In the early ’80s, Pepsi ran a marketing campaign where they touted the success of their product over Coca-Cola in blind taste tests. They called this the Pepsi Challenge. Psychologists had already determined you choose your favorite products often not by their inherent value, but because the marketing campaigns and logos and such have cast a spell over you called brand awareness. You start to identify yourself with one marketing campaign over another. That’s what happened in the all the taste tests up until the Pepsi Challenge. People liked Coca-Cola’s advertising more than Pepsi’s, so even though they tasted pretty much the same, when they saw that bright red can with a white ribbon people chose Coke. So for the Pepsi Challenge, they removed the logos. At first, the researchers thought they should put some sort of label on the glasses. So, they went with M and Q. People said they liked Pepsi, labeled M, better than Coke, labeled Q. Irritated by this, Coca-Cola did their own study and put Coke in both glasses. Again, M won the contest. It turned out it wasn’t the soda; people just liked the letter M better than the letter Q.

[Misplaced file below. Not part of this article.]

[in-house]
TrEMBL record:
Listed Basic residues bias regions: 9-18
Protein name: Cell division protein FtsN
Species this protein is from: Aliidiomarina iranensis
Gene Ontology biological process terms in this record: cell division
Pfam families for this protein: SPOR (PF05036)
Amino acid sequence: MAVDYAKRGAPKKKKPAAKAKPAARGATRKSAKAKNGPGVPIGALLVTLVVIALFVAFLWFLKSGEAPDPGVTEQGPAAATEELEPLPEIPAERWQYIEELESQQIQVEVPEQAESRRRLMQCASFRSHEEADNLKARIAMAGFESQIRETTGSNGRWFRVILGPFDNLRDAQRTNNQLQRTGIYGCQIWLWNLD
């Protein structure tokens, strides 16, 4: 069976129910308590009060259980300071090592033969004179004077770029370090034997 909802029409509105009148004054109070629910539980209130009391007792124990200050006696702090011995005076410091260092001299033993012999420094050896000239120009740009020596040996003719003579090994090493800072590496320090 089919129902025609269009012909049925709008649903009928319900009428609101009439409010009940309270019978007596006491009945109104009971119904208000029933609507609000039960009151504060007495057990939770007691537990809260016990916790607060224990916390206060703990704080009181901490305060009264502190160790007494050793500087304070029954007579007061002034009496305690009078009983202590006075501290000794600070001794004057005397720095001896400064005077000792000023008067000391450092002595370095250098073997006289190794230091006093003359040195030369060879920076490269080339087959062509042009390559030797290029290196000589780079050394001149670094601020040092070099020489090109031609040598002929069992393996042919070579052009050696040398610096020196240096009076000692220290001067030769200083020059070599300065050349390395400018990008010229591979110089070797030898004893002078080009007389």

from Why We Can’t Tell Good Wine From Bad.
The rest of the article is pretty interesting too: it reinforces my expectation that expectations strongly shape perceptions.
I often say that white hairs are the best teaching aid I ever had: my student evaluations shot up once I got a bit of salt-and-pepper.